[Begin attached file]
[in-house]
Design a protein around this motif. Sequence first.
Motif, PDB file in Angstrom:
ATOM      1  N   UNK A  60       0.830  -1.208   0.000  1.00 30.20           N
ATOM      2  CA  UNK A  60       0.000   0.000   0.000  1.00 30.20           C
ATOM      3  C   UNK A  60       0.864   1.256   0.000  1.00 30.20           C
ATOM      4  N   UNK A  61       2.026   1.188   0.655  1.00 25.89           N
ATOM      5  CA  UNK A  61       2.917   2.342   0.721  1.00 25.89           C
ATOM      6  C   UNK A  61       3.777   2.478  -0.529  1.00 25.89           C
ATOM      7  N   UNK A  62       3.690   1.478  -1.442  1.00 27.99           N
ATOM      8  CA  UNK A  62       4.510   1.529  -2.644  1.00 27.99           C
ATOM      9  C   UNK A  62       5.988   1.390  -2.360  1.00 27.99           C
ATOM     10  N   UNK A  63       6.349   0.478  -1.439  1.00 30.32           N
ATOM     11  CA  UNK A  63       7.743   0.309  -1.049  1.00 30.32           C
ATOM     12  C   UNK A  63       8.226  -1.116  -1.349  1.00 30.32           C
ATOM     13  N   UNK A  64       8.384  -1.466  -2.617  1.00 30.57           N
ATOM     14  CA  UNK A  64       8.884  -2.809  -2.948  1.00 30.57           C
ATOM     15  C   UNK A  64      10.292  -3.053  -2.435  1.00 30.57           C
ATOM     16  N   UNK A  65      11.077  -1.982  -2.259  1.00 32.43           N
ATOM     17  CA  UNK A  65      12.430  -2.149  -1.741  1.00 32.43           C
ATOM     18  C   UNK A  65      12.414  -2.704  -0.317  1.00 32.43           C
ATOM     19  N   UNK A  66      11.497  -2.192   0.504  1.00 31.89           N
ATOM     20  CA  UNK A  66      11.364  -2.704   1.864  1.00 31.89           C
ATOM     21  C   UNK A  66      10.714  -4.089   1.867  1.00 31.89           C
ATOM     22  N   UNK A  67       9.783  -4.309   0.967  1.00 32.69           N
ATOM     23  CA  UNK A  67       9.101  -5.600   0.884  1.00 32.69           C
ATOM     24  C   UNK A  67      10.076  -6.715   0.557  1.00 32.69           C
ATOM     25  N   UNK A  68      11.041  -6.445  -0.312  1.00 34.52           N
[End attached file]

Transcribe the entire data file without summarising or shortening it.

[in-house]
Design a protein around this motif. Sequence first.
Motif, PDB file in Angstrom:
ATOM      1  N   UNK A  60       0.830  -1.208   0.000  1.00 30.20           N
ATOM      2  CA  UNK A  60       0.000   0.000   0.000  1.00 30.20           C
ATOM      3  C   UNK A  60       0.864   1.256   0.000  1.00 30.20           C
ATOM      4  N   UNK A  61       2.026   1.188   0.655  1.00 25.89           N
ATOM      5  CA  UNK A  61       2.917   2.342   0.721  1.00 25.89           C
ATOM      6  C   UNK A  61       3.777   2.478  -0.529  1.00 25.89           C
ATOM      7  N   UNK A  62       3.690   1.478  -1.442  1.00 27.99           N
ATOM      8  CA  UNK A  62       4.510   1.529  -2.644  1.00 27.99           C
ATOM      9  C   UNK A  62       5.988   1.390  -2.360  1.00 27.99           C
ATOM     10  N   UNK A  63       6.349   0.478  -1.439  1.00 30.32           N
ATOM     11  CA  UNK A  63       7.743   0.309  -1.049  1.00 30.32           C
ATOM     12  C   UNK A  63       8.226  -1.116  -1.349  1.00 30.32           C
ATOM     13  N   UNK A  64       8.384  -1.466  -2.617  1.00 30.57           N
ATOM     14  CA  UNK A  64       8.884  -2.809  -2.948  1.00 30.57           C
ATOM     15  C   UNK A  64      10.292  -3.053  -2.435  1.00 30.57           C
ATOM     16  N   UNK A  65      11.077  -1.982  -2.259  1.00 32.43           N
ATOM     17  CA  UNK A  65      12.430  -2.149  -1.741  1.00 32.43           C
ATOM     18  C   UNK A  65      12.414  -2.704  -0.317  1.00 32.43           C
ATOM     19  N   UNK A  66      11.497  -2.192   0.504  1.00 31.89           N
ATOM     20  CA  UNK A  66      11.364  -2.704   1.864  1.00 31.89           C
ATOM     21  C   UNK A  66      10.714  -4.089   1.867  1.00 31.89           C
ATOM     22  N   UNK A  67       9.783  -4.309   0.967  1.00 32.69           N
ATOM     23  CA  UNK A  67       9.101  -5.600   0.884  1.00 32.69           C
ATOM     24  C   UNK A  67      10.076  -6.715   0.557  1.00 32.69           C
ATOM     25  N   UNK A  68      11.041  -6.445  -0.312  1.00 34.52           N